Opera Scotland

Iris 2019Scottish Opera

Read more about the opera Iris

Mascagni's Iris, launched in 1898 with an exotic but grim Japanese setting, never really recovered any kind of popularity after Puccini's more user-friendly and picturesque Madama Butterfly appeared in 1904.   In recent years Iris has had a couple of runs in London at Opera Holland Park, but this represents its Scottish premiere.   On the basis of a first hearing of quite superb quality its continued neglect seems completely inexplicable. Iris contains many passages of absolutely thrilling accomplishment, that show the composer developing hugely from his justifiably still famous Cavalleria Rusticana.

Stuart Stratford has already shown his strong identification with operas of the verismo school and this composer in particular.   Unusual features of the work include the opening and closing sequences - A solo double bass begins and slowly activity spreads over the orchestra, with a solo cello melody of beguiling character.  As the dawn breaks, brighter instruments are heard, culminating in a blaze of sound from the chorus, capped with brass fanfares.   A similar sequence at the end is even more affecting as Iris greets the new dawn before expiring.   Perhaps Mascagni was influenced by the effect of similar massed choruses at the beginning and end of Arrigo Boito's now neglected Mefistofele, composed thirty years earlier.

The cast of principals was strong, with this season's Scarpia (Roland Wood) as Kyoto being joined as Osaka by Ric Furman, who made a strong impression as Boris in last season's Kátya Kabanová.   He was required to produce a stream of heroic and high flying sounds to depict a far from heroic character - Is he even worse than Pinkerton?    The bass James Creswell made an impact as last season's Sarastro, and now returned as Iris's blind father.  These all faced vocally demanding parts.   There was also a prominent solo for soprano Charlie Drummond, as a geisha.    She had a sweet-toned aria ending the first act and a vocalise accompanied in oriental style that opened the second.   Aled Hall, recently with the company as Spoletta in Tosca, was luxury casting as the leader of the reg pickers.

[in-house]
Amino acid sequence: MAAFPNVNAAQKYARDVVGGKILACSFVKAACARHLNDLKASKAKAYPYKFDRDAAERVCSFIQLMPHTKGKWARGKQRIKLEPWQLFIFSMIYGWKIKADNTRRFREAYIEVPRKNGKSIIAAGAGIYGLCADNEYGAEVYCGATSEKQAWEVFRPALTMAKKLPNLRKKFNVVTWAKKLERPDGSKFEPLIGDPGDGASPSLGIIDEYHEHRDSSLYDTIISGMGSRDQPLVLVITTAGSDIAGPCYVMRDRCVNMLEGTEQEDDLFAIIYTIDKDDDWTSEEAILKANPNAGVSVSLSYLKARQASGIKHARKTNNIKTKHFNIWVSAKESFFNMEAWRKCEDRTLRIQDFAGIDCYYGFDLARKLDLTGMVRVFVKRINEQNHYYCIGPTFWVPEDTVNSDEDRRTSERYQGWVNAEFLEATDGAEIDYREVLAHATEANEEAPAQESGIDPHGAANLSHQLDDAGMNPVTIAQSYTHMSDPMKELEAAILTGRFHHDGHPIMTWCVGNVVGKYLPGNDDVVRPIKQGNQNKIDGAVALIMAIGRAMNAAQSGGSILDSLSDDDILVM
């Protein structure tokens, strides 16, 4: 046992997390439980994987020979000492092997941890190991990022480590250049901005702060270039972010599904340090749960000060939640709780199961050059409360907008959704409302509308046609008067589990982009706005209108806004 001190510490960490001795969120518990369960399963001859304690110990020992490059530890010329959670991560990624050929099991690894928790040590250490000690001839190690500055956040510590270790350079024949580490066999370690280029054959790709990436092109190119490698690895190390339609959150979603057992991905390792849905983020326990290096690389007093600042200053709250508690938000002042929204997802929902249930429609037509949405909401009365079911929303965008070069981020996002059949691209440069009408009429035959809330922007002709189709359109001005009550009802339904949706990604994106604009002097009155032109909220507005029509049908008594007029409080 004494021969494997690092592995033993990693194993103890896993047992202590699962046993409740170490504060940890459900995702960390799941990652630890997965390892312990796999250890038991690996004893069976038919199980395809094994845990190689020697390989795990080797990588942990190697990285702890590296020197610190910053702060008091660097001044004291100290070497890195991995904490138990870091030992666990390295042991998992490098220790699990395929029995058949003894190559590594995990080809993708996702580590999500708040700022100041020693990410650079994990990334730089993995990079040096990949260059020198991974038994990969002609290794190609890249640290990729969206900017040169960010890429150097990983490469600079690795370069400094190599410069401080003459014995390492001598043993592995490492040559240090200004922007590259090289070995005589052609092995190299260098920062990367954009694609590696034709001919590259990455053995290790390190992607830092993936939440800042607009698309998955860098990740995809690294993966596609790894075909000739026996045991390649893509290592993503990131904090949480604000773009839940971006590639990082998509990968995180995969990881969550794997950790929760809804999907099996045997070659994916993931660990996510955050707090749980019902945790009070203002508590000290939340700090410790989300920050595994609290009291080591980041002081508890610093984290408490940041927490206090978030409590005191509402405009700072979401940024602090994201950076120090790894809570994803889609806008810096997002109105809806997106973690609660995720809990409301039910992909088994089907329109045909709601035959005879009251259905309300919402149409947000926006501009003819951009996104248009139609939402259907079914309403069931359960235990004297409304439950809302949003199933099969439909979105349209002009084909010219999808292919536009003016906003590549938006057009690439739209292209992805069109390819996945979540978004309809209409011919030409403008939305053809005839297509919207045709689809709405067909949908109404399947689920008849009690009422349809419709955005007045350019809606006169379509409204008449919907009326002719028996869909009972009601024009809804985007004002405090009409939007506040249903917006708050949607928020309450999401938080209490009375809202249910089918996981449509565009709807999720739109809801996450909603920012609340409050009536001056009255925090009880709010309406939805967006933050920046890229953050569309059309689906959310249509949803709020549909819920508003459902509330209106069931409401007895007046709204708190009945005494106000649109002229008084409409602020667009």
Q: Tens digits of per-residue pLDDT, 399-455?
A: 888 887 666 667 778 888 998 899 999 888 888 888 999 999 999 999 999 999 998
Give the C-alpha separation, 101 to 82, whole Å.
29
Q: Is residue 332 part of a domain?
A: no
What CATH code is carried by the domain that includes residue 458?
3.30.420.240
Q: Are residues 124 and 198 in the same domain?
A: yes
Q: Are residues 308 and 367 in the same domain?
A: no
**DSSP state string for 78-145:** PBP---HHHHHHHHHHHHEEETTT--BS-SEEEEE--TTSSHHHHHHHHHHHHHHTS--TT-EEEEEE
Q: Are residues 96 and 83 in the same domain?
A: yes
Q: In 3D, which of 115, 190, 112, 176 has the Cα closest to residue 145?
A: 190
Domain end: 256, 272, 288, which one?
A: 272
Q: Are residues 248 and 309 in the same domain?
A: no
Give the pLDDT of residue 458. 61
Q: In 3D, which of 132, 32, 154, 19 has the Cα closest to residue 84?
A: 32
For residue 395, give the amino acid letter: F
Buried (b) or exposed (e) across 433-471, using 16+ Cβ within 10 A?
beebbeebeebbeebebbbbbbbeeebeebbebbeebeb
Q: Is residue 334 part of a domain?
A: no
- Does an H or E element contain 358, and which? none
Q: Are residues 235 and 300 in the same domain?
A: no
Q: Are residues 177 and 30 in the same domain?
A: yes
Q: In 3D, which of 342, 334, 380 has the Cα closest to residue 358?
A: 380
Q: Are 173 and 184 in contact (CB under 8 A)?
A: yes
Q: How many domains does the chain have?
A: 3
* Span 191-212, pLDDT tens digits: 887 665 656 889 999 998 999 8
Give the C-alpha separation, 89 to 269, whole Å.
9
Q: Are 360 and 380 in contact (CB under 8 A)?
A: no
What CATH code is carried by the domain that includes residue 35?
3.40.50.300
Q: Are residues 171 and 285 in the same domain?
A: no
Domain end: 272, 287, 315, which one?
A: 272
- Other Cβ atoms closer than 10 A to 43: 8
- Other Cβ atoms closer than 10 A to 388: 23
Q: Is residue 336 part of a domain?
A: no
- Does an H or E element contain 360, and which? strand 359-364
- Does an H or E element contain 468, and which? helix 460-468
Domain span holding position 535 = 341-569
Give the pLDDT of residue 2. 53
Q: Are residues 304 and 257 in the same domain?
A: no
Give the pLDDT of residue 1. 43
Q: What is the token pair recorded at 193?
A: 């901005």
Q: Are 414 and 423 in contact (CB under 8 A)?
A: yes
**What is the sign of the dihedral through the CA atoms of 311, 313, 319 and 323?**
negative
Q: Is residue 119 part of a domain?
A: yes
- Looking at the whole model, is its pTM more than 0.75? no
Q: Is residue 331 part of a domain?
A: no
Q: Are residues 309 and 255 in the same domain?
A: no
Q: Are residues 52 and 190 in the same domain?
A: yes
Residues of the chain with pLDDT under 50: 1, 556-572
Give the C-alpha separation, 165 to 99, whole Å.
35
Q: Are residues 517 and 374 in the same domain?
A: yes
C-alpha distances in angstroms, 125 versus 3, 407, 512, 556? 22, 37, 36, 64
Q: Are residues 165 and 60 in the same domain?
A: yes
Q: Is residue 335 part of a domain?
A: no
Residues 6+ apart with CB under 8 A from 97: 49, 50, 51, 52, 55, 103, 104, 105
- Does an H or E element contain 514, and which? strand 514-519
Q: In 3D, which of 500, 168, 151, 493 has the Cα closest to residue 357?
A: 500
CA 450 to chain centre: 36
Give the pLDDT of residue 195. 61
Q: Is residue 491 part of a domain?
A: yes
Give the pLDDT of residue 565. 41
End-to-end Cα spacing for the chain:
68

The title role is long and highly demanding, musically and dramatically.  As with Butterfly, Salome and several other parts, a juvenile character is required to perform with a voice of far more powerful tone.  During rehearsals, many of the artists suffered from various forms of the cold and flu that were going round.  Helena Dix, who had herself joined the cast only at the start of rehearsals, was the last to be affected.   As a precaution, the company brought to Glasgow a second Europe-based Australian soprano in Kiandra Howarth, formerly on the Royal Opera's Jette Parker young artist's programme.  She was available and able to learn the part in one day of intensive work with Stuart Stratford and Derek Clark.  The only concession made to this circumstance was the abandonment of the planned staging by Roxana Haines.  The soloists all lined up across the stage with their music stands - though most of them were sufficiently routined not to need to refer to them.  Appropriate Japanese-looking costumes had no doubt been liberated from the wardrobe department's various previous stagings of Madama Butterfly.

It has to be said that the results were quite astonishingly good.  Of the expected sense of unease if not actual panic in the massed forces there was simply not a trace.  The afternoon passed in a sense of joyous discovery of what is perhaps the composer's masterpiece.   Of all the rare works Scottish Opera has revealed to us in these recent seasons, Iris seems likely to be one of the first to return in a full staging, ideally with the same participants.


Scottish Opera's 2019/20 Season

The season opened at the Edinburgh International Festival with the European premiere of Breaking the Waves by Missy Mazzoli.  The autumn performances got under way with a visit to the Lammermuir Festival on 20 September with a single performance in concert of an unusual double bill - Mascagni's Zanetto and Wolf-Ferrari's Susanna's Secret.  The main Glasgow season opened with an overdue and welcome revival of the company's vintage Tosca.  There was a Sunday afternoon concert of Iris, another rare work by Mascagni.  In the New Year there are new productions of Nixon in China by John Adams as well as Britten's Midsummer Night's Dream. and Sullivan's Gondoliers.  Further concerts include a pairing of Mascagni's Cavalleria Rusticana with Leoncavallo's Zingari.  There are also concert performances of a late Sullivan piece, Utopia, Limited, as well as the usual Opera Highlights tour of the Highlands and Islands.

Performance Cast


Kiandra Howarth

Il Cieco the Blind Man, Iris's father

James Creswell

Osaka a rich and dissolute young man

Ric Furman

Kyoto keeper of a geisha house

Roland Wood

Dhia a Geisha

Charlie Drummond

First rag picker leader of the scavengers (il cenciaiulo)

Aled Hall

Second rag picker

Fraser Simpson

Third rag picker

Arthur Bruce

Performance DatesIris 2019

Map List

City Halls, Glasgow | Glasgow

1 Dec, 15.00

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